Another Reason Not to Bomb Iran

The threat of homegrown terrorism is dropping, according to a report released today by the Triangle Center on Terrorism and Homeland Security. The report, says the New York Times, "found that 20 Muslim Americans were charged in violent plots or attacks in 2011, down from 26 in 2010 and a spike of 47 in 2009."

I take this with a small grain of salt. A number of terrorism prosecutions have been borderline entrapment cases -- terrorist "plots" that took shape with the active involvement of undercover agents. So changes in these numbers could conceivably reflect changes in the zealousness of law enforcement. And in any event we're not out of the woods; a sufficiently big attack could spook Americans into the sort of hypervigilance (prolific mosque surveillance, ethnic profiling) that alienates young Muslims and so makes them more susceptible to the call of radicalism.

Still, these numbers seem encouraging, and there is reason to hope for continued progress. Some of the most high-profile cases -- the Fort Hood shooting, the botched Times Square bombing -- were, by the perpetrators' own accounts, inspired in part by either the Iraq War, the Afghanistan War, or drone strikes in Pakistan. With the withdrawal from Iraq complete, and withdrawal from Afghanistan now accelerated, maybe this kind of fuel for homegrown terrorism will decline for some time to come.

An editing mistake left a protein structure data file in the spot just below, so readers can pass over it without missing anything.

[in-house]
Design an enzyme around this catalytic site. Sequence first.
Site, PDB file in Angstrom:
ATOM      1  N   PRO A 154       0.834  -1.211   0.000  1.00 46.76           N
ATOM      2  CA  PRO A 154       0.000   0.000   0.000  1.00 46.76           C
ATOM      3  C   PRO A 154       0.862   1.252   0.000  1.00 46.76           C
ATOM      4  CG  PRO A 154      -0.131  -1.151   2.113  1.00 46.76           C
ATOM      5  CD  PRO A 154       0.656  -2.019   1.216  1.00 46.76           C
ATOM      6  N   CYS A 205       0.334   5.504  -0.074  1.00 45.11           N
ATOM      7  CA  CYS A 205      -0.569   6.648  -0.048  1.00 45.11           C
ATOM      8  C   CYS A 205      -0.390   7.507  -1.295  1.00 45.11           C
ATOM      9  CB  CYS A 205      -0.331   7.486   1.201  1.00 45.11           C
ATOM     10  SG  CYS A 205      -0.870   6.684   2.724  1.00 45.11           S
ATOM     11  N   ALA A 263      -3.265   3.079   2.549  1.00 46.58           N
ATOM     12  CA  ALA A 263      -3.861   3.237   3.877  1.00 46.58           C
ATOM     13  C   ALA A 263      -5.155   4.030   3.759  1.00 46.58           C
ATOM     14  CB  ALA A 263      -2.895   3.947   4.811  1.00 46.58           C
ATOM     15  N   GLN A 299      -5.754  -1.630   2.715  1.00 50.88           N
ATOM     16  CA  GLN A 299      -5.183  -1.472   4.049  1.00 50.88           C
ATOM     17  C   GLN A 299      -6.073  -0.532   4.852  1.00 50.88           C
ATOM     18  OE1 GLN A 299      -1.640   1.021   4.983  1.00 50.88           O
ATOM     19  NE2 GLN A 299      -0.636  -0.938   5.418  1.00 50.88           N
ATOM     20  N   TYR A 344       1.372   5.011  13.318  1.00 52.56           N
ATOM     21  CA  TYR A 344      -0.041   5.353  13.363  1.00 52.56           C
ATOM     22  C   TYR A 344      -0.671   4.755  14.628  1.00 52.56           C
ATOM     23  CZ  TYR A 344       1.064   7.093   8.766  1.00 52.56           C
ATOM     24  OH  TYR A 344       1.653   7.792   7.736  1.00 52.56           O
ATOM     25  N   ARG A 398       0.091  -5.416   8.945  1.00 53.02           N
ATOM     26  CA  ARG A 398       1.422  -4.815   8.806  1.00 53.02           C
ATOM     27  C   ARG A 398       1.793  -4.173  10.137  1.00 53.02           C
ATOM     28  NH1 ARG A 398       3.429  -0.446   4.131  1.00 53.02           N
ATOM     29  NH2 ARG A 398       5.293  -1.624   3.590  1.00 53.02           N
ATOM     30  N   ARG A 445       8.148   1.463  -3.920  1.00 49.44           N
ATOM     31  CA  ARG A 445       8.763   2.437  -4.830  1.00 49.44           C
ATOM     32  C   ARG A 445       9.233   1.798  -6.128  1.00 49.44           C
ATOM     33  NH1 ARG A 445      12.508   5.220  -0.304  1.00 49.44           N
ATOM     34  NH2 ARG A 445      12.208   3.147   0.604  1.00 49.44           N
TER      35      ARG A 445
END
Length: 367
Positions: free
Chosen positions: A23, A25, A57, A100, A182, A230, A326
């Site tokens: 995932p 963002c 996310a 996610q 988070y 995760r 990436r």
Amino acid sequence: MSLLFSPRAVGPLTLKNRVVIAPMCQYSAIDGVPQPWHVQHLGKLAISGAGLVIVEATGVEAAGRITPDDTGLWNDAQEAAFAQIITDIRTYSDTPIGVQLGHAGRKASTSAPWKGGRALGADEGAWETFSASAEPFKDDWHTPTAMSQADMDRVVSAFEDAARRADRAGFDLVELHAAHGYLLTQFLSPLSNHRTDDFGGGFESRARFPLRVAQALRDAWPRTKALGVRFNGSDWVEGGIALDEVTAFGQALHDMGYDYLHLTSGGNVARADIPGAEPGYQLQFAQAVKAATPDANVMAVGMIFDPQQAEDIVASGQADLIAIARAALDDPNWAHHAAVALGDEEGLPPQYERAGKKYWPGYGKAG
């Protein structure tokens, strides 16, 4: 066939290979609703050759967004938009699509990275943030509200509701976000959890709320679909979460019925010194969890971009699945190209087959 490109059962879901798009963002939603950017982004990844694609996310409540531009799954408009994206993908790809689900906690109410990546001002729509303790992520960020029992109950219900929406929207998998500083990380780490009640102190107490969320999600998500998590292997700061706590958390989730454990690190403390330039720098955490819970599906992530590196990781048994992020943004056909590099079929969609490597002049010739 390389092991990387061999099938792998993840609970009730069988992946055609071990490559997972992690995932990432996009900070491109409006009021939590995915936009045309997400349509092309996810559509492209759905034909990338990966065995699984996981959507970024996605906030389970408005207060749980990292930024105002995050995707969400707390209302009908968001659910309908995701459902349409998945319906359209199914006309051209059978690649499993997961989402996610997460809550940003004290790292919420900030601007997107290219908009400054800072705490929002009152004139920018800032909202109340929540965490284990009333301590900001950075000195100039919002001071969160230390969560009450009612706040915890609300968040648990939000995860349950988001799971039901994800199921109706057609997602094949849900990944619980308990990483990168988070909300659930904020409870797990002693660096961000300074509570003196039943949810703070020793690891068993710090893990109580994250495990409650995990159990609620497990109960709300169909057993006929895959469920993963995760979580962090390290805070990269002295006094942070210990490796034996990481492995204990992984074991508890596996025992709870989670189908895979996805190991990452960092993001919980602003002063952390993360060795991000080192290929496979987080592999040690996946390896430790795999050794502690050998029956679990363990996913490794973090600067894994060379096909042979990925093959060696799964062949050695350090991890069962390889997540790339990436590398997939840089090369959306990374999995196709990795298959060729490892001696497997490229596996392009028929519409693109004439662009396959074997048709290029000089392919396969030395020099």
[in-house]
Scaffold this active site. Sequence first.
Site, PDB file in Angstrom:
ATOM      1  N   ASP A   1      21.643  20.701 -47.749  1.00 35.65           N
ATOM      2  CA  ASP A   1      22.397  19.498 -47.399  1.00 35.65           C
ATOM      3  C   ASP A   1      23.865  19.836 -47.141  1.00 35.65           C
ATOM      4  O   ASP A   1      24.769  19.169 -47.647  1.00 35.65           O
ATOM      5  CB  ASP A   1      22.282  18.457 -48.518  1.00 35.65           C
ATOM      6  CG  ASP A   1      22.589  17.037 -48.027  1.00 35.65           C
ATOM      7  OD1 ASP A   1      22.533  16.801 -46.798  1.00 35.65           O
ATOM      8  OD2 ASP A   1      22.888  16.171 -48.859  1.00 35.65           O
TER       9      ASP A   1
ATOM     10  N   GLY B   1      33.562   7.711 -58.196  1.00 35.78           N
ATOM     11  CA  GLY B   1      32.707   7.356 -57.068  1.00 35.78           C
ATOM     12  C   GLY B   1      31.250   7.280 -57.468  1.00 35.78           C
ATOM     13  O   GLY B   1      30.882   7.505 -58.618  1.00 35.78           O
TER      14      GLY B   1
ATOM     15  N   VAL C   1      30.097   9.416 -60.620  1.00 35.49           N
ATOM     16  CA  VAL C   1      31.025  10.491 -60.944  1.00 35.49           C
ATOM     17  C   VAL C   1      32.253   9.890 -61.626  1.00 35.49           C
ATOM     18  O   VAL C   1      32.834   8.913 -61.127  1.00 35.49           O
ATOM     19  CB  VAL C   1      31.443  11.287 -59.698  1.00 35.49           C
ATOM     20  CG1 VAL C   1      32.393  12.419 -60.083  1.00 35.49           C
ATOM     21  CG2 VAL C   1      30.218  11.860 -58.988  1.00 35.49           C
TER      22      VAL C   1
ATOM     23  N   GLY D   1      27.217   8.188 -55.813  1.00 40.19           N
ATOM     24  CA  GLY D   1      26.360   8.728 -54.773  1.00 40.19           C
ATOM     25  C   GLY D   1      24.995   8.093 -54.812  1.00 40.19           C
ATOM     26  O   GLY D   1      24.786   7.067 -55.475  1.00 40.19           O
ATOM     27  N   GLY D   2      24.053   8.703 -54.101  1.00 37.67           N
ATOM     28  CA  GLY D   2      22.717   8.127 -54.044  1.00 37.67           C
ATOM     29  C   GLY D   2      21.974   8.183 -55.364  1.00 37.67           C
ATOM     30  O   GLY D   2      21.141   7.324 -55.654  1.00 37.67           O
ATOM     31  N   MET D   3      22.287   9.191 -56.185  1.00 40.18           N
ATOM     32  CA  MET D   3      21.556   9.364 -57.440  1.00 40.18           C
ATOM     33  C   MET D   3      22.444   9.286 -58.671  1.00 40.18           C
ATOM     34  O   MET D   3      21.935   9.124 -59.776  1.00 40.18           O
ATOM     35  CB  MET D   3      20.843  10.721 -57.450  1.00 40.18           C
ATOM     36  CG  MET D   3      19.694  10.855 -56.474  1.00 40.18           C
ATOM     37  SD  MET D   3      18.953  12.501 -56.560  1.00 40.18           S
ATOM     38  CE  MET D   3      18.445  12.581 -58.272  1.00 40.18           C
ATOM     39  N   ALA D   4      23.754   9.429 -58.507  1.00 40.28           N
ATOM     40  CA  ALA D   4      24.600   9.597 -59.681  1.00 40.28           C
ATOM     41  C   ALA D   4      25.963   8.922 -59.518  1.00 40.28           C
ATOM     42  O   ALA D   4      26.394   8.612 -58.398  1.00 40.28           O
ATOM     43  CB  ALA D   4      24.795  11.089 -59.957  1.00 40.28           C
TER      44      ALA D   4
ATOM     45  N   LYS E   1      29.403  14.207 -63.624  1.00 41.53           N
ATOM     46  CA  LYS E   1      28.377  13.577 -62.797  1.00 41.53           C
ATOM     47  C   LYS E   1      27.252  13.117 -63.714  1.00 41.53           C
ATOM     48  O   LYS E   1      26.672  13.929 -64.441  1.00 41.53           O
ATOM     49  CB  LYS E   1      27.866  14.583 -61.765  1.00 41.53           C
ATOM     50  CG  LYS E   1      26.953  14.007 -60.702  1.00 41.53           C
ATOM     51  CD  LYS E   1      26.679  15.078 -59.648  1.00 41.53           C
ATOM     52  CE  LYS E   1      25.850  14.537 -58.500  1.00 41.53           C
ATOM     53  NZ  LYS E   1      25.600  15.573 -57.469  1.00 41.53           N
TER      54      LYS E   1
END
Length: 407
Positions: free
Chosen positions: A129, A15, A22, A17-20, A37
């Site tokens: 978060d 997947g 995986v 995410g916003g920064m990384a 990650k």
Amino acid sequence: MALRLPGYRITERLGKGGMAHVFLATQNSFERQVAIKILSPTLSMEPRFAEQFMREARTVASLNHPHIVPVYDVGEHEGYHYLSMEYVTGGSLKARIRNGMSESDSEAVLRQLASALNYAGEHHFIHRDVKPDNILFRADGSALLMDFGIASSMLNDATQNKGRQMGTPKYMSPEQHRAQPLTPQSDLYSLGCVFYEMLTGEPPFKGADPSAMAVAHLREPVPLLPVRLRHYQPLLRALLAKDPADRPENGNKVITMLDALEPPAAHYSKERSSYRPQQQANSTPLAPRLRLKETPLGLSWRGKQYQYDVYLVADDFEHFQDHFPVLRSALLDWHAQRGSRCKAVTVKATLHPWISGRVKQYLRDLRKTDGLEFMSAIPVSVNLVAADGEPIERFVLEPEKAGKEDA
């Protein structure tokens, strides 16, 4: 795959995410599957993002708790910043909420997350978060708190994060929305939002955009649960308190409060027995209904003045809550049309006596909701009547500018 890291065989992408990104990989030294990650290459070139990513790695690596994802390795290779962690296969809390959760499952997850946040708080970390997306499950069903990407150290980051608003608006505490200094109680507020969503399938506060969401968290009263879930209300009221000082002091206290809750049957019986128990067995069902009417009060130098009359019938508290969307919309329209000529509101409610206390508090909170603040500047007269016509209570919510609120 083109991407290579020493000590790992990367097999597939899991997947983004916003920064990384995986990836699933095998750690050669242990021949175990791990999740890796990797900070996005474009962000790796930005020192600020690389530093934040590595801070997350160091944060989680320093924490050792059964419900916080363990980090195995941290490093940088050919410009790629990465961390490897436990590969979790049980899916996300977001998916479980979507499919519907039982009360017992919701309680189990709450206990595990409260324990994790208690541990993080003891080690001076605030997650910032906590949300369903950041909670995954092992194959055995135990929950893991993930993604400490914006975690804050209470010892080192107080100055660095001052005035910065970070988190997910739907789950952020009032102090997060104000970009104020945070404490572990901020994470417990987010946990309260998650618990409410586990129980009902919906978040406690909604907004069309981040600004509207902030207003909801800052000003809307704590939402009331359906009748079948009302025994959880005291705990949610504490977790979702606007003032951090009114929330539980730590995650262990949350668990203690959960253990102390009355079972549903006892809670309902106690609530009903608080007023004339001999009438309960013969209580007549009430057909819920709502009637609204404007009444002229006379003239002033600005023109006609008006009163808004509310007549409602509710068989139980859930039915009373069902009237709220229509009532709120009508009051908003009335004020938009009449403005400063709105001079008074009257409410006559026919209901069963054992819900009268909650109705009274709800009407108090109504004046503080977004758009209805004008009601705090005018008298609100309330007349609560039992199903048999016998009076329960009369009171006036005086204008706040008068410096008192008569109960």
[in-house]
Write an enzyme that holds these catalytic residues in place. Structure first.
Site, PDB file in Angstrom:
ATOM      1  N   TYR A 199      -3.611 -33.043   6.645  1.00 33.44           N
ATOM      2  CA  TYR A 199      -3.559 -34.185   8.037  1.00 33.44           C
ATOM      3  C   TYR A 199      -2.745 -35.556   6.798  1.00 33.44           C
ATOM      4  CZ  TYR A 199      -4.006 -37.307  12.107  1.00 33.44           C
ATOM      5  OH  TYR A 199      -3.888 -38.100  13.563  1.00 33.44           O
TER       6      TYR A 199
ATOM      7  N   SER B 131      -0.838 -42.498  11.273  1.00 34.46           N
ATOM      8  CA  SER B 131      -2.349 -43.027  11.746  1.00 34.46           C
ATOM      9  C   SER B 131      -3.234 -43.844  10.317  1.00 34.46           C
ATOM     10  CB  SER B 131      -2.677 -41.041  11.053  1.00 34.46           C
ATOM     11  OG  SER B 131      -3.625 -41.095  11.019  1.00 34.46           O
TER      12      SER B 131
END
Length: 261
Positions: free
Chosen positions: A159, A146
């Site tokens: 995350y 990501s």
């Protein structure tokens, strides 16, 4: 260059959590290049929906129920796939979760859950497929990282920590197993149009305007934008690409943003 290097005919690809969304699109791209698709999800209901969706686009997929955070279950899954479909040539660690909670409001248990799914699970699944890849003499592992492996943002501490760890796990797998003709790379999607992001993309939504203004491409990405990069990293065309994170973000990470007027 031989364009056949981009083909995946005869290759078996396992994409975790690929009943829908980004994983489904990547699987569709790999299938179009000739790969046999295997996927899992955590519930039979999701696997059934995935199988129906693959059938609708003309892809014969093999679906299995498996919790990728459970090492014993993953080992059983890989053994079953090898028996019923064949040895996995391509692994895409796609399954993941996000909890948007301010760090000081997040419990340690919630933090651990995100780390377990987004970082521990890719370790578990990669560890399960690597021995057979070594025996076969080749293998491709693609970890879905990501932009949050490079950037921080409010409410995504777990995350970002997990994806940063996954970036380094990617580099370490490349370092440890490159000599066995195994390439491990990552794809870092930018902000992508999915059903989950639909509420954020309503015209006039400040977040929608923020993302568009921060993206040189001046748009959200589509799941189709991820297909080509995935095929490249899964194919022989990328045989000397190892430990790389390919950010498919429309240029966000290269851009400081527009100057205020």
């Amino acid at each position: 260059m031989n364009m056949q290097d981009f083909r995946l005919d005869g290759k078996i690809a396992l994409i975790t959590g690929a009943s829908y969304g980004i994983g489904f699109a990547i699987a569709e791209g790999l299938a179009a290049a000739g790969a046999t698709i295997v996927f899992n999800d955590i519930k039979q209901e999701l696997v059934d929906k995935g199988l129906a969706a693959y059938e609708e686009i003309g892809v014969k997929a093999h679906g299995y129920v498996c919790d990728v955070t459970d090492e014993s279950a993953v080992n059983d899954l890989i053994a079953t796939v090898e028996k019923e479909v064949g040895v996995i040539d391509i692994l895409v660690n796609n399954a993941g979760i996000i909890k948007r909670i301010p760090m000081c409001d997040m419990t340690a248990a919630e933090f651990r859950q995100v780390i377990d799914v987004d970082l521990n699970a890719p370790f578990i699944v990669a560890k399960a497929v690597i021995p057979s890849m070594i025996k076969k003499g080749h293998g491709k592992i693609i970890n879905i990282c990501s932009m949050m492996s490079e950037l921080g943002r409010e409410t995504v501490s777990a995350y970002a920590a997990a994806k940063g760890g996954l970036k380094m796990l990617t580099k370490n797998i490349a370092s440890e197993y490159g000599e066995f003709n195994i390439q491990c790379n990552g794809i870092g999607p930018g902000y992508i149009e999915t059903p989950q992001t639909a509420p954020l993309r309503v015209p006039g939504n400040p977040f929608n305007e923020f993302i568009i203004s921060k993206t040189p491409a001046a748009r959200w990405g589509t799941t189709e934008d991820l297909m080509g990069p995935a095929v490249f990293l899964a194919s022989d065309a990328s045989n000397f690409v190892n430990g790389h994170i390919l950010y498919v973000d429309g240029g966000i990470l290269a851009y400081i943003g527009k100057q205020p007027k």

And surely, having made this progress, we wouldn't threaten it by doing something as stupid as supporting or even participating in the bombing of a Muslim country, would we?

It's kind of amazing, when you think about it: This whole "debate" over bombing Iran has included essentially no discussion of whether America's involvement in another war might revive the threat of homegrown terrorism, which was demonstrably exacerbated by past wars with Muslim countries. I'm getting that Twilight-Zoney feeling I got before the invasion of Iraq, when it slowly became apparent that the drive to war was impervious to reason.

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Robert Wright is the author of The Evolution of God and a finalist for the Pulitzer Prize. He is a former senior editor at The Atlantic.

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